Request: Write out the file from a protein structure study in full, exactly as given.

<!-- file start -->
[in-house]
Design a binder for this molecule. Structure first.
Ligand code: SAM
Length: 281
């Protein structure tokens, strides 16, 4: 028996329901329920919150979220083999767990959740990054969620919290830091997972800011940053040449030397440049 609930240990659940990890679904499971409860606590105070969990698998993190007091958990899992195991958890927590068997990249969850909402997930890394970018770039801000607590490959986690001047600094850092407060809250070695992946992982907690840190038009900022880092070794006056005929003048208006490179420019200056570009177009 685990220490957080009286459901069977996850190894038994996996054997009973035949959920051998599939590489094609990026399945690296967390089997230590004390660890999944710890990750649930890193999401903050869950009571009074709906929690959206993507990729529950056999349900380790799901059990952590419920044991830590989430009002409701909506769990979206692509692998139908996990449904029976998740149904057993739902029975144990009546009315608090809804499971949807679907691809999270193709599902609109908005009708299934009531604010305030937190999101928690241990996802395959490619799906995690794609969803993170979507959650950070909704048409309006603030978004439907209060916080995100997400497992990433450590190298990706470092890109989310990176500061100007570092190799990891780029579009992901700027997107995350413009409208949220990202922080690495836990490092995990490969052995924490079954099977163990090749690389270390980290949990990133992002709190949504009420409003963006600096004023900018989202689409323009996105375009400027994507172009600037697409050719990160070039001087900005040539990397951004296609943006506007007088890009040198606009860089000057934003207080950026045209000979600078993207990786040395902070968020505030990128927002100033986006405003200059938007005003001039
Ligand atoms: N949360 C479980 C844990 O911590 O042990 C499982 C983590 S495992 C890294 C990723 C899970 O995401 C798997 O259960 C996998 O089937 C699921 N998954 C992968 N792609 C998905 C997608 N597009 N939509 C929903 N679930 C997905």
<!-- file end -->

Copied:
[in-house]
Design a binder for this molecule. Structure first.
Ligand code: SAM
Length: 281
């Protein structure tokens, strides 16, 4: 028996329901329920919150979220083999767990959740990054969620919290830091997972800011940053040449030397440049 609930240990659940990890679904499971409860606590105070969990698998993190007091958990899992195991958890927590068997990249969850909402997930890394970018770039801000607590490959986690001047600094850092407060809250070695992946992982907690840190038009900022880092070794006056005929003048208006490179420019200056570009177009 685990220490957080009286459901069977996850190894038994996996054997009973035949959920051998599939590489094609990026399945690296967390089997230590004390660890999944710890990750649930890193999401903050869950009571009074709906929690959206993507990729529950056999349900380790799901059990952590419920044991830590989430009002409701909506769990979206692509692998139908996990449904029976998740149904057993739902029975144990009546009315608090809804499971949807679907691809999270193709599902609109908005009708299934009531604010305030937190999101928690241990996802395959490619799906995690794609969803993170979507959650950070909704048409309006603030978004439907209060916080995100997400497992990433450590190298990706470092890109989310990176500061100007570092190799990891780029579009992901700027997107995350413009409208949220990202922080690495836990490092995990490969052995924490079954099977163990090749690389270390980290949990990133992002709190949504009420409003963006600096004023900018989202689409323009996105375009400027994507172009600037697409050719990160070039001087900005040539990397951004296609943006506007007088890009040198606009860089000057934003207080950026045209000979600078993207990786040395902070968020505030990128927002100033986006405003200059938007005003001039
Ligand atoms: N949360 C479980 C844990 O911590 O042990 C499982 C983590 S495992 C890294 C990723 C899970 O995401 C798997 O259960 C996998 O089937 C699921 N998954 C992968 N792609 C998905 C997608 N597009 N939509 C929903 N679930 C997905």